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Wednesday, June 16, 1993 - Page updated at 12:00 AM

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Troubleshooter

If You Win Lottery, You Still Get Social Security

You know what today is - Lotto drawing day. That means you and I will be glued to the tube at 7 p.m. to learn whether we have won the $3 million and a ticket to our dreams.

For a lot of people this is a traumatic day: They suffer from the Worry of Winning.

That's right. These folks wonder:

Could I actually find ways to spend $3 million? And what about the tax man? Wouldn't he want more bucks? How much more? Will debt collectors come out of the woodwork? (Probably yes to all of the above.)

Those who suffer from the Worry of Winning visualize themselves having to hire CPAs, lawyers and others to untangle their escalating financial affairs.

And if they are senior citizens, they wonder whether they'll lose their Social Security checks. Even if they win $3 million, they still want that monthly check, no matter how small it might be. It's the principle of the thing, you know. After all, they earned that Social Security check for $334, $416. Or whatever sum.

And that brings us to Worrying of South Seattle.

"My question is financial: I live on my Social Security and Supplemental Security Income, and I receive Medicaid coupons.

"If I won the Lotto, would the state claim any monies that have been paid to me for my years on the `rolls'? Would I be able to claim any winnings?"

Well, Worrying, you can relax.

What government gets

If you win the Lotto tonight, you will get $150,000 for each of 20 years. However, you'll only see $108,000 each year. Uncle Sam's tax men scoop up 28 percent before you get yours. (Until last January, when the law changed, the tax men took 20 percent before winners received their checks.)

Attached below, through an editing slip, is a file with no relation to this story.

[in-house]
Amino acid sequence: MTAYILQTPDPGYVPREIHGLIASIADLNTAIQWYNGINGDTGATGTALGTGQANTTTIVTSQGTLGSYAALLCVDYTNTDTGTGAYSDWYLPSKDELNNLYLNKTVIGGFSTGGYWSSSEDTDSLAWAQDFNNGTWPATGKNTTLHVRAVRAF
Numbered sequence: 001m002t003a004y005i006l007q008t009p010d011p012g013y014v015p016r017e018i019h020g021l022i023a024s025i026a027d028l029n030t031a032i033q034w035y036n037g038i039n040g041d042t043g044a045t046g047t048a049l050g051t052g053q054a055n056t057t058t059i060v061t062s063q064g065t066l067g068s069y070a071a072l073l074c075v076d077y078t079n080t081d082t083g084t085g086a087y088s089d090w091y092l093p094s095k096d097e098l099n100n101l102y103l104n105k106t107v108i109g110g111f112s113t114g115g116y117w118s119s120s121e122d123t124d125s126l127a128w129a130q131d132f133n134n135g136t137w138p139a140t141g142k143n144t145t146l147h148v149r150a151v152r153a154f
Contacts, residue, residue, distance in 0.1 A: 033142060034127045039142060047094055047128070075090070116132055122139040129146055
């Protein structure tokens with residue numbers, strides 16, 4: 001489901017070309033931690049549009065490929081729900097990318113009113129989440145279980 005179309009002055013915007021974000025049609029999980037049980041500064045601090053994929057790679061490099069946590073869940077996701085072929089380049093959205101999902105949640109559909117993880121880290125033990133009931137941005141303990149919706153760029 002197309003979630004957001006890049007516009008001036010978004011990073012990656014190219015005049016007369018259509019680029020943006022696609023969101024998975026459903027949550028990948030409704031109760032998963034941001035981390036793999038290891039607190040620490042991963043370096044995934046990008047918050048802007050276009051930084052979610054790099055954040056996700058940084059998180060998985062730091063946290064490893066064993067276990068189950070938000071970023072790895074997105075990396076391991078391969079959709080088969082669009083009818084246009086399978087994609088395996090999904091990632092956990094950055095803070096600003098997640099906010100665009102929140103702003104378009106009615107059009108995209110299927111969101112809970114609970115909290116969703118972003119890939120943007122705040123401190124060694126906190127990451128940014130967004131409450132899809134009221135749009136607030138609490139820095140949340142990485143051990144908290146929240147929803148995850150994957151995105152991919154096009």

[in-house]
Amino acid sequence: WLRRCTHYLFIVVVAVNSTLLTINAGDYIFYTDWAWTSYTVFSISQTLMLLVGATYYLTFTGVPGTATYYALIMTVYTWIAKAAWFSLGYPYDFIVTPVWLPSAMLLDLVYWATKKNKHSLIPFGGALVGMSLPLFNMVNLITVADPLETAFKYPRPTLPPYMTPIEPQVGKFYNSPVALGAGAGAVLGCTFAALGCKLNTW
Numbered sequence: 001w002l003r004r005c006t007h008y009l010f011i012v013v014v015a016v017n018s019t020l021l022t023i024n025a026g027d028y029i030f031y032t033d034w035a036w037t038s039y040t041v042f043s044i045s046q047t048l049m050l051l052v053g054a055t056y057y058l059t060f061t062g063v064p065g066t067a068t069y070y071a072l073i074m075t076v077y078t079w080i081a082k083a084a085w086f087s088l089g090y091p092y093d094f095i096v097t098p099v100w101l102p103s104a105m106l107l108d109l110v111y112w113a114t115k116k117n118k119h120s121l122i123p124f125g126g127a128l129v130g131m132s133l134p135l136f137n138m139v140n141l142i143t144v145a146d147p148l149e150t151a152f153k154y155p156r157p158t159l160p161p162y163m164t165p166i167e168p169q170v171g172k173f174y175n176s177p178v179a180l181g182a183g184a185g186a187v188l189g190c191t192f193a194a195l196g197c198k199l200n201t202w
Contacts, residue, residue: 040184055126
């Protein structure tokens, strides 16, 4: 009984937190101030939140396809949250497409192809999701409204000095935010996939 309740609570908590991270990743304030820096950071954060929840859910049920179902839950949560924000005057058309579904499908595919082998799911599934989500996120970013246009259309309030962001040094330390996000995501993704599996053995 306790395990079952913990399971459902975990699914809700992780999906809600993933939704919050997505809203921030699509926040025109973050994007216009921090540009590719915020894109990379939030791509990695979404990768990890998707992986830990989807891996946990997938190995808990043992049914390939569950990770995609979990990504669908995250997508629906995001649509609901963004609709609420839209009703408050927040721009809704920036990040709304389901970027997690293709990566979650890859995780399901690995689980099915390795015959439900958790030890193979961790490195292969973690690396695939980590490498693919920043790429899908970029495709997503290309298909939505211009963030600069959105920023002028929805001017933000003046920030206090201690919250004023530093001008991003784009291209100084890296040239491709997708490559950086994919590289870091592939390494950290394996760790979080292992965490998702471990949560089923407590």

And you won't have to repay assistance you received when you were eligible.

But here are a couple of things for Worrying and other would-be-Lotto winners to ponder. If you owe child-support money to a former spouse, count on hearing from the Office of Support Enforcement in the state Department of Social and Health Services, should you win big bucks. And if you have been overpaid by some other arm of DSHS, you'll be asked to pay up. It's called "financial recovery."

When a player wins more than $600, the Washington State Lottery is required to notify DSHS, the state Employment Security Department and the state Department of Labor and Industries, says lottery spokesman Richard Paulson.

From September 1986 through May 1992, the lottery has wrung $229,263 out of winners for money owed DSHS and Employment Security.

Because Social Security is an entitlement program, that check is yours. But obviously lottery winnings could change eligibility for need-based programs, such as SSI or Medicaid. You would not be required to pay back assistance you received at your previous lower income level.

Notifying authorities

However, when your income changes, particularly if you have a whopping increase, state and federally-operated programs such as SSI and Medicaid expect you to notify them pronto. If you don't and assistance payments continue, you will be asked to pay back the money because you're no longer eligible.

If Worrying wins the lottery tonight, she probably won't have to worry about losing an SSI check, suggested Dan Ferrell, Social Security Administration spokesman.

And if she forgot to tell the government she no longer needed assistance and owed money because of overpayment, she could hire a limo and deliver her repayment check in style.

Paulson says not many retirees have won big sums in the lottery. For those who have, it's taken a while for the news to sink in. Most of us know when our next dental appointment is, Paulson says, but we don't think in terms of hundreds of thousands of dollars coming our way into the next century.

He's got that right!

Shelby Gilje's Troubleshooter column appears Wednesday and Sunday in the Scene section of The Times. Do you have a consumer problem? Write to Times Troubleshooter, P.O. Box 70, Seattle, WA 98111. Include copies, not originals, of documents indicating payment, guarantees, contracts and other relevant materials.

Copyright (c) 1993 Seattle Times Company, All Rights Reserved.

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